No room for provincial exceptionalism when it comes to cutting carbon pollution
Climate Action Network Canada’s Executive Director Catherine Abreu reacts to the Canadian government’s letter to provinces and territories on carbon pricing
December 20, 2017
As the OECD’s assessment of national environmental performance made clear yesterday, Canada needs all hands on deck if the country intends to fulfil its Paris promise and finally meet a climate target it has set. The Canadian government drove this point home with provinces and territories on the issue of carbon pricing today. In letters sent to all subnational governments, Environment and Climate Change Canada emphasized its expectation that provinces and territories will implement carbon pricing systems in 2018 and that those systems will drive emissions reductions deeper and faster than would have otherwise occurred. In other words, there is no room for politicking or provincial exceptionalism when it comes to cutting carbon pollution.
This means that provinces like Saskatchewan, New Brunswick, and Nova Scotia, which have proposed inadequate systems that will fail to deliver incremental emissions reductions, will have until September 1st, 2018 to deliver updated plans or will have the federal benchmark imposed at $20 per ton on January 1st, 2019. Manitoba, which has proposed a system that will fail to keep pace with the benchmark’s annual $10 per ton increase, may have the benchmark imposed in 2020 at $30 per ton.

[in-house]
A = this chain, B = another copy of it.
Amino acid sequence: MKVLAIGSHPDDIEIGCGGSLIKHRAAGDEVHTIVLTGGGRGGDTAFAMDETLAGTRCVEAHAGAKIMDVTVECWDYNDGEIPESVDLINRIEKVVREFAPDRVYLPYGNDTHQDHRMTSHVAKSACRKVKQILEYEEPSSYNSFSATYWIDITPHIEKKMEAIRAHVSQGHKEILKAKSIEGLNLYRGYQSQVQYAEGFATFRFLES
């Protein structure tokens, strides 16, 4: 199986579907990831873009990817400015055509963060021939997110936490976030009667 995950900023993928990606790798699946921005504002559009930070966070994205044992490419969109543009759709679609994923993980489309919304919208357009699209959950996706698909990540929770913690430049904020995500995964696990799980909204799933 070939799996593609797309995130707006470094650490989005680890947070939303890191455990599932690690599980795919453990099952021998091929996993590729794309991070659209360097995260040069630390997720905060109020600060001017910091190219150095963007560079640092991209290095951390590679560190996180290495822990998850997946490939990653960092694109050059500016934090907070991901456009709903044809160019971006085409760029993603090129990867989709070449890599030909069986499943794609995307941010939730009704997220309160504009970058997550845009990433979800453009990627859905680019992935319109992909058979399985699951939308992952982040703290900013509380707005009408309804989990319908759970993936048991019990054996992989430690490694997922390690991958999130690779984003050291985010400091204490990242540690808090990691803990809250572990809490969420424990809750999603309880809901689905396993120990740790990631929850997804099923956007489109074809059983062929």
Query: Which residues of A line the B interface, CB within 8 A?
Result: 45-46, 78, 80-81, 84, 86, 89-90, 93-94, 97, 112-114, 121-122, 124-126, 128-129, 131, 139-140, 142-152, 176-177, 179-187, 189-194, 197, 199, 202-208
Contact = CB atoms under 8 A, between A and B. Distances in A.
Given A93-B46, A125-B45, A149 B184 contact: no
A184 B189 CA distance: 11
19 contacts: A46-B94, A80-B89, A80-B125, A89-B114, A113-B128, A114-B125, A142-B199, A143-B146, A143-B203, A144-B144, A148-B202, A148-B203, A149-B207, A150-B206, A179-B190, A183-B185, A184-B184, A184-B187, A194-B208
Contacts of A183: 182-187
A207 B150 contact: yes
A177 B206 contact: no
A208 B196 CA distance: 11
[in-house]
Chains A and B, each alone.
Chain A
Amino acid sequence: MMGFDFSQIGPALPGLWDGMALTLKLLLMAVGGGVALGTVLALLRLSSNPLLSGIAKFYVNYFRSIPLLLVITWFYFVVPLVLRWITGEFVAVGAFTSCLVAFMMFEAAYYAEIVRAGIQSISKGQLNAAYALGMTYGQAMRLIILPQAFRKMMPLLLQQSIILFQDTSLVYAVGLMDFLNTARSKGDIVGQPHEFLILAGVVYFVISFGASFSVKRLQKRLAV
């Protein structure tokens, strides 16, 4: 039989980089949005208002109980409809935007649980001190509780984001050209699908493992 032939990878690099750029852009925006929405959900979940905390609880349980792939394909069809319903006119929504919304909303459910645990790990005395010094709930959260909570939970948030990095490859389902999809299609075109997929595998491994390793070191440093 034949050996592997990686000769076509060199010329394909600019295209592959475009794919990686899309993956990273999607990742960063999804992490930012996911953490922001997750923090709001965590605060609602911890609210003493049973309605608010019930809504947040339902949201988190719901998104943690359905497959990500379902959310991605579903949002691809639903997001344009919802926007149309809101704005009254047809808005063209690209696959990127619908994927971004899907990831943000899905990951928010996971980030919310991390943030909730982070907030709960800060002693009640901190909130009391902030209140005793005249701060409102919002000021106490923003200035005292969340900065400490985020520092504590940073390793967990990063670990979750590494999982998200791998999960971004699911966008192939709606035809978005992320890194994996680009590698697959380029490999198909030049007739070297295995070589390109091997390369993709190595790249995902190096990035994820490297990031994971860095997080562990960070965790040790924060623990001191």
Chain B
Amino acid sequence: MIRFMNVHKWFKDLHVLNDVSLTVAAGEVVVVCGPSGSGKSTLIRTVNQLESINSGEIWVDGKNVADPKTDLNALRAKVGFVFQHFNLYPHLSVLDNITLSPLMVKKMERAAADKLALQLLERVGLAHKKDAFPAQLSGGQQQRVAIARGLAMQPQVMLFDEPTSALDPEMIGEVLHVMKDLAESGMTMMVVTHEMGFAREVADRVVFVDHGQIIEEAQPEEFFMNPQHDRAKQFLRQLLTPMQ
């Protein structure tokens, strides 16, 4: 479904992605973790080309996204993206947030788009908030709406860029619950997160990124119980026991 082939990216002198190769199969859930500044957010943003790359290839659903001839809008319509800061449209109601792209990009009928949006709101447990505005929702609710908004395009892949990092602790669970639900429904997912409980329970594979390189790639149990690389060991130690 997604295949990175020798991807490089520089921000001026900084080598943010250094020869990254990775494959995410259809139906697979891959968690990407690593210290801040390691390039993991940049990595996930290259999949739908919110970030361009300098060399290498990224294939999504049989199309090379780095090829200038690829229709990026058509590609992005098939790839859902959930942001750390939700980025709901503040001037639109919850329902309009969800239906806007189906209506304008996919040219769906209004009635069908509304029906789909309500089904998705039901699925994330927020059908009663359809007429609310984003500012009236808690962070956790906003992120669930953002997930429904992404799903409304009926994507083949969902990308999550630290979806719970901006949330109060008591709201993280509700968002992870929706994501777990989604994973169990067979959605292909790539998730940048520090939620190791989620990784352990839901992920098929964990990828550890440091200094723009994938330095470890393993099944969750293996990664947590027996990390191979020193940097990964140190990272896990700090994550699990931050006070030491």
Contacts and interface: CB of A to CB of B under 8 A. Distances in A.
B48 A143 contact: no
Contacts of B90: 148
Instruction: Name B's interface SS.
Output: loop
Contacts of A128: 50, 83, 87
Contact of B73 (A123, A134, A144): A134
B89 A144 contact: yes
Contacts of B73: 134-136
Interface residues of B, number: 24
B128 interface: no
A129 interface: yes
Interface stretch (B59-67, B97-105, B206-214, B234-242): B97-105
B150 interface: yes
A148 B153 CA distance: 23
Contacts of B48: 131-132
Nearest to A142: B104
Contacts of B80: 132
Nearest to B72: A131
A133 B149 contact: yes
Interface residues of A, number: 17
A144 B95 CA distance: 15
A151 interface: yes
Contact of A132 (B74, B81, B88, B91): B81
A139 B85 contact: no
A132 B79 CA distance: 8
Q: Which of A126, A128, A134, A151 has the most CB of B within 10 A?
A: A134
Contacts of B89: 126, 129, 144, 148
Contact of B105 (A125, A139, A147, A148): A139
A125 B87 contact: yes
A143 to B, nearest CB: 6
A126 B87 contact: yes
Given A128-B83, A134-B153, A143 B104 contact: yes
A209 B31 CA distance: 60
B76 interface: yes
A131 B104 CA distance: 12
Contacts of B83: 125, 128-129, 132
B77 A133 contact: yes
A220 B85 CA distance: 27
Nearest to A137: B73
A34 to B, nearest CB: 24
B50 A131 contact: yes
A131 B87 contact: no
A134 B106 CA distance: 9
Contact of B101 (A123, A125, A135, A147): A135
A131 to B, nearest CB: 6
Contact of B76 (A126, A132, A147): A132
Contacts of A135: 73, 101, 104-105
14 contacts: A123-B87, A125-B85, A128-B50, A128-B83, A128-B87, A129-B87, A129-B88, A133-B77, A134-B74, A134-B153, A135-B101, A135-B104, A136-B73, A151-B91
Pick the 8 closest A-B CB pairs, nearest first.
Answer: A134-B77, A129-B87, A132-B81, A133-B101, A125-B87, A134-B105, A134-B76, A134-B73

Government has also laid out a process for annual assessments of jurisdictions’ carbon pricing systems to ensure they comply with the federal benchmark in that year. This kind of regular monitoring and evaluation of climate policy, measured against stringent national standards, is encouraging and we hope to see it applied to other elements of the Pan-Canadian Framework on Climate Change and Clean Growth.
Even with a slight slip in the original timeline laid out in the Framework, today’s news is good news for the climate, and sets us on course to pan-Canadian carbon pricing that continues to rise year over year and gets Canada closer to its fair share of the global effort to confront climate change.
CONTACT: Catherine Abreu, Executive Director, CAN-Rac Canada | +1 902 412 8953 email@example.com
Canada’s primary network of organizations working on climate change and energy issues, CAN-Rac is a coalition of more than 100 organizations operating from coast to coast to coast. Our membership brings environmental groups together with trade unions, First Nations, social justice, development, health and youth organizations, faith groups and local, grassroots initiatives.
Photo: iPolitics/Matthew Usherwood